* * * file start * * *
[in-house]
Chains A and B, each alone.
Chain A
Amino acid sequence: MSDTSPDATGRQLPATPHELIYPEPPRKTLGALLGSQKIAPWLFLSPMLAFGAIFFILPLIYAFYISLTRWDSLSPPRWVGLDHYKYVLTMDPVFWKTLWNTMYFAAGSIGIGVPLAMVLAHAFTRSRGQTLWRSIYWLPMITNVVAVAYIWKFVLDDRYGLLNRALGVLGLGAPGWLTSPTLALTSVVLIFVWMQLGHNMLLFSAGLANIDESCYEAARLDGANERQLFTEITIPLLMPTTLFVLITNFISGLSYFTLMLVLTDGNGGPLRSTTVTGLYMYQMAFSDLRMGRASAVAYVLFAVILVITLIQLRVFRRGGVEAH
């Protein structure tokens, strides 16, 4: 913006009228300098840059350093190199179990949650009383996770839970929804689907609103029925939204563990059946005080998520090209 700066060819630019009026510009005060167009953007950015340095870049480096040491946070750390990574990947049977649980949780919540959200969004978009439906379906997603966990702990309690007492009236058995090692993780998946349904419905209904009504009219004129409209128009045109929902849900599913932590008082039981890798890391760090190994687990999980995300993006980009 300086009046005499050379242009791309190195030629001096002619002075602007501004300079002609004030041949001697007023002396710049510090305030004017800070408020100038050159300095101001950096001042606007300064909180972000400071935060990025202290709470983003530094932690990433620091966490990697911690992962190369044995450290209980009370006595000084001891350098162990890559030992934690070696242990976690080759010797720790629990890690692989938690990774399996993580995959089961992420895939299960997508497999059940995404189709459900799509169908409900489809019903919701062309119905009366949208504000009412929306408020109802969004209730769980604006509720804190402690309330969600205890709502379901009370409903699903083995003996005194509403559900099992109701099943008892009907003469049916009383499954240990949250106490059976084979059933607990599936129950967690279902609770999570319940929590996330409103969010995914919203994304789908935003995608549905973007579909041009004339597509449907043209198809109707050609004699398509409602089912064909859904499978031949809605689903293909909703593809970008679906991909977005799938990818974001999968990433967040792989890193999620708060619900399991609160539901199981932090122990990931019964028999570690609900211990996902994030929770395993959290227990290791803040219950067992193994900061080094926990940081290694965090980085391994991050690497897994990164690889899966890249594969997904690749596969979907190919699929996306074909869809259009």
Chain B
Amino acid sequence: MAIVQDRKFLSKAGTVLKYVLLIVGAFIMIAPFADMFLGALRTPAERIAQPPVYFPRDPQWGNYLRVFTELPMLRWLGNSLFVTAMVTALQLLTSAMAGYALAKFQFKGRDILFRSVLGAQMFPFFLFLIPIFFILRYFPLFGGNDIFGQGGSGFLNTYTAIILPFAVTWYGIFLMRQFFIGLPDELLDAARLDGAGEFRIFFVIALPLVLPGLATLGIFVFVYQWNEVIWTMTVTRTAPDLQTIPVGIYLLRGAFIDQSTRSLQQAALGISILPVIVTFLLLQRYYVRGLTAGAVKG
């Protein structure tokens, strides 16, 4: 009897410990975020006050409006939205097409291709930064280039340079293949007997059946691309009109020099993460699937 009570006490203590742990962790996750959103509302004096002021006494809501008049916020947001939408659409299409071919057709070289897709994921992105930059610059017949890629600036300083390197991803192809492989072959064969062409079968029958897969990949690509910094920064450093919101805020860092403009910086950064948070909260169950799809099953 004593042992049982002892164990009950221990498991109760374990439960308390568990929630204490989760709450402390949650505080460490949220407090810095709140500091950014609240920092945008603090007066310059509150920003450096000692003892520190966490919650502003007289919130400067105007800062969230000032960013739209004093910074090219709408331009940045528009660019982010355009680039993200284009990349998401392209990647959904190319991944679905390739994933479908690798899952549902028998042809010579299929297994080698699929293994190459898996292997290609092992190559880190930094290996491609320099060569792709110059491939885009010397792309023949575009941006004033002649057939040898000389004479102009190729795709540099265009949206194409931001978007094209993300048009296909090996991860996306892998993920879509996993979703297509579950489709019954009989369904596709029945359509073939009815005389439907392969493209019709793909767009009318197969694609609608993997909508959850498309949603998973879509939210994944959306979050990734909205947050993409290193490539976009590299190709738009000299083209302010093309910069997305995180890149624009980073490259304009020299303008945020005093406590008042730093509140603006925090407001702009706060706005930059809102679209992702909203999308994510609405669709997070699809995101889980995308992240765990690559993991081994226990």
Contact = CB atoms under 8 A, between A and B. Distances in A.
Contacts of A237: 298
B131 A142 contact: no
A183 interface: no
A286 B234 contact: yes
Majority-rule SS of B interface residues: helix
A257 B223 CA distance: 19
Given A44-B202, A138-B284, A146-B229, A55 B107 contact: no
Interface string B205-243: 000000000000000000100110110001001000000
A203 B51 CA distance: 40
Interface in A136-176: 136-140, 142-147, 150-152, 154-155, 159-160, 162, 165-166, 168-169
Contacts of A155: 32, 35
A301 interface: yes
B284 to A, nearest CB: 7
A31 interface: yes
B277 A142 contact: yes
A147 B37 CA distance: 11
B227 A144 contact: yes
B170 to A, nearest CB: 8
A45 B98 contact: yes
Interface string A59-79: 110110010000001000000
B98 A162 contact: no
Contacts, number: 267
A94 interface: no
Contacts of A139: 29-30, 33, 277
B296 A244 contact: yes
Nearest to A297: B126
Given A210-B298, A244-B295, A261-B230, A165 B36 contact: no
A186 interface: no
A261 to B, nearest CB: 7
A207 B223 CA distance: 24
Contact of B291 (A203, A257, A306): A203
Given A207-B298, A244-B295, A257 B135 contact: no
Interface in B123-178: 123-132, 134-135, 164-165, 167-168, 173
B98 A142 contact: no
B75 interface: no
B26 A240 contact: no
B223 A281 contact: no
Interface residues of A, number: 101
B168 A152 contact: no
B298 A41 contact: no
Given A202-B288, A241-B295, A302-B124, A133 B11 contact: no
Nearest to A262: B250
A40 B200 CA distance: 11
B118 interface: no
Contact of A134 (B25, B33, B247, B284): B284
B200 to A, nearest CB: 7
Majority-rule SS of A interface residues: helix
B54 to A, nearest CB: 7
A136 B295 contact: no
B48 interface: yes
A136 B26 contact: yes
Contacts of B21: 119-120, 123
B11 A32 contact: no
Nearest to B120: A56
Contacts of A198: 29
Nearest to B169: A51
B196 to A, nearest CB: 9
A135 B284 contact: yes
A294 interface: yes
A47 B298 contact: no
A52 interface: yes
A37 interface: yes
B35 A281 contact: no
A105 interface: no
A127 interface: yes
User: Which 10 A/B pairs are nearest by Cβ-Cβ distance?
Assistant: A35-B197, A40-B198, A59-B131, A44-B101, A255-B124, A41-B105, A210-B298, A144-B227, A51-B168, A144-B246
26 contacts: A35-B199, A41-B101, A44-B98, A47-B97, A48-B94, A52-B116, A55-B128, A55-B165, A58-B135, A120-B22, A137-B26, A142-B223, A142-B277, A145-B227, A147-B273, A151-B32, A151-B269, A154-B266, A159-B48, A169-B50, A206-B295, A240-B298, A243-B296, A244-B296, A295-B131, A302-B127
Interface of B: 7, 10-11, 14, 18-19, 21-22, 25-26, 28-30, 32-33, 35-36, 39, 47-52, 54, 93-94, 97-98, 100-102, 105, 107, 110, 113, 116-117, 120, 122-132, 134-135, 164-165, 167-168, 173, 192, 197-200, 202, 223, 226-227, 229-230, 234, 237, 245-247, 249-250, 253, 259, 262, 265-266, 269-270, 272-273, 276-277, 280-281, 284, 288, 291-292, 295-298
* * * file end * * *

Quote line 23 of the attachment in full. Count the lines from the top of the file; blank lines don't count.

A31 interface: yes